Editor’s Note: The name of the author and some aspects of the story have been changed to protect individuals.
By Joe Lee
These days, back in America, I know what day of the week it is by looking at the container with the pills I have to take everyday. I’m bipolar and the pills are the first line of defense against the psychic episodes I am susceptible to.
It could be worse—my shrink tells me my doses are low and that some people go years without knowing exactly which combination of pills is right for them. I fight with my shrink every time I see her about having to take pills at all—I’ve been without an episode for several years now.
I want to teach English in places like China, Thailand or Laos with medical systems that may not have ready access to psychotropic drugs. I feel chained to America. I miss Korea—where I lived for several years—so much and worry even there may be out of reach.
It’s a horrible Catch-22. By definition, if I go off my medication, it’s very possible I could go completely insane and start to become a danger to myself but not others —even at my worst I was more likely to play in traffic than I was to lash out at others.
My shrink says my problems are like having high blood pressure, but I disagree. A huge difference exists between high blood pressure and having people know that if you’re off your medication, you can go, well, crazy.
I’ve had two major episodes, but I’ll address the second one because of what happened—I got admitted to a Korean mental institution. It was scary as hell, but I survived.
I looked at the wall next to my bed.
“This is real,” I thought to myself.
Given what had happened over the last few weeks, just that realization was a step up. For many days previously, I had walked the streets of Seoul aimlessly. I had blacked out at times, only to wake up in new and strange places. I had no idea how I had gotten there. Several times during this experience I could have died from being hit by a car or exposure or just an accident. In hindsight, I have to admit that it was scary and strangely thrilling at the same time.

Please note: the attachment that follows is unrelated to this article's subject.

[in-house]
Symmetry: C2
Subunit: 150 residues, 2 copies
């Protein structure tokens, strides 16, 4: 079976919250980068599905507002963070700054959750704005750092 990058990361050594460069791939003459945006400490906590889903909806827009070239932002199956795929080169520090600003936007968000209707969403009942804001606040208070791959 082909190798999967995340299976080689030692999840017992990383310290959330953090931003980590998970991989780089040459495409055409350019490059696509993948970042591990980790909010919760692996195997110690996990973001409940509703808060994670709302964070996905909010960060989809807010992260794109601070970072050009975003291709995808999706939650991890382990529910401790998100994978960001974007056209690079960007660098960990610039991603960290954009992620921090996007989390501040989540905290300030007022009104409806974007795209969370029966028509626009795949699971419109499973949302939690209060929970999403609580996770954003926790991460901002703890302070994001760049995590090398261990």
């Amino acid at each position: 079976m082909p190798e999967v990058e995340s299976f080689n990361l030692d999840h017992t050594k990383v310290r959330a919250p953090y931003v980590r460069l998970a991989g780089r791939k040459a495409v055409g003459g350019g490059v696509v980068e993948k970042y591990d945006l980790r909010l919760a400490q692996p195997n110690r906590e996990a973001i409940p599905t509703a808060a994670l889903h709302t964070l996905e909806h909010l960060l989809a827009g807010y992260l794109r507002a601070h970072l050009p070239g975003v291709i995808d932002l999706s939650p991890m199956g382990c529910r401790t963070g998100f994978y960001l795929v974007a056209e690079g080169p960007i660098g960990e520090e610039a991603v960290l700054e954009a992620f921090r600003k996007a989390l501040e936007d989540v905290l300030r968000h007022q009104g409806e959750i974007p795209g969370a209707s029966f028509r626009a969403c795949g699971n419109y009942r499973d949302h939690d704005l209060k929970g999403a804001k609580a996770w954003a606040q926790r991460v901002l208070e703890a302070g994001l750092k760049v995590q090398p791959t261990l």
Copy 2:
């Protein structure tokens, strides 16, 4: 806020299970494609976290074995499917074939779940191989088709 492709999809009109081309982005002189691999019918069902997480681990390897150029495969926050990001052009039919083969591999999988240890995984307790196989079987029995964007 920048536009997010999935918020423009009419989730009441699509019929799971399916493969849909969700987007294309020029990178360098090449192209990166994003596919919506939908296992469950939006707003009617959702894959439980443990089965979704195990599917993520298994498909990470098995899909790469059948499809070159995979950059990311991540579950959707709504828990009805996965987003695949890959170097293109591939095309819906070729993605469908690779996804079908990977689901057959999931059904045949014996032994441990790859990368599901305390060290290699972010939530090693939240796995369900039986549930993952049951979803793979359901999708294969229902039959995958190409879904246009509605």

And now I was in a Korean mental institution.
People were looking for me during my time on the streets, but I have no idea why they knew there was a problem. All I remember is walking the streets of Seoul and repeatedly being picked up by the police who would promptly plop me in front of my apartment.
It all started innocently enough. I came to Seoul after a while living elsewhere and had settled down for what I hoped would be at least another year in the Land of the Morning Calm. I had lucked out on what I thought was going to be a great job in education, I had a new place in Haebangchon (HBC), central Seoul and was slowly getting re-acquainted with the old neighborhood.
I had been back in Seoul for about a month before it happened. In hindsight, I should have realized something was on the cusp of happening—everything just felt wrong. I had a great new apartment, but no bed. It was taking me forever to focus on getting a bed so every night I did something I hated—I slept on a cold, hard floor.
My job was very stressful and I was off the medication I’d been prescribed after my previous psychotic breakdown. Little by little my mind slowly began to unravel. The weirdest part of it all was it felt good! Every day after work, I would wander the streets nearby talking to my friends who told me secret things about the universe.
I was on fire. I felt like a prophet.
For instance, my new “friends” told me there was a hivemind collective in L.A. that wanted me to come join them and do God knows what. What’s scary about such things is at the time you believe them to be true, even though in hindsight it’s obviously batshit insane. When you lose your mind, because it’s happening to you there is little you can do about it.
By the time I picked up my first paycheck, my “decomposition” as my shrink would call it, was in full swing. I started to walk the streets of Seoul aimlessly, blacking out here and there as time progressed. I was in such a state that I could not tell the difference between a dream and reality.
I literally was playing in traffic. In the middle of the day, I would try to cross Seoul traffic. And this was not Itaewon traffic, this was like Interstate traffic. It’s amazing I survived. I don’t know why I was doing this, but the voices in my head told me to do it, so did it.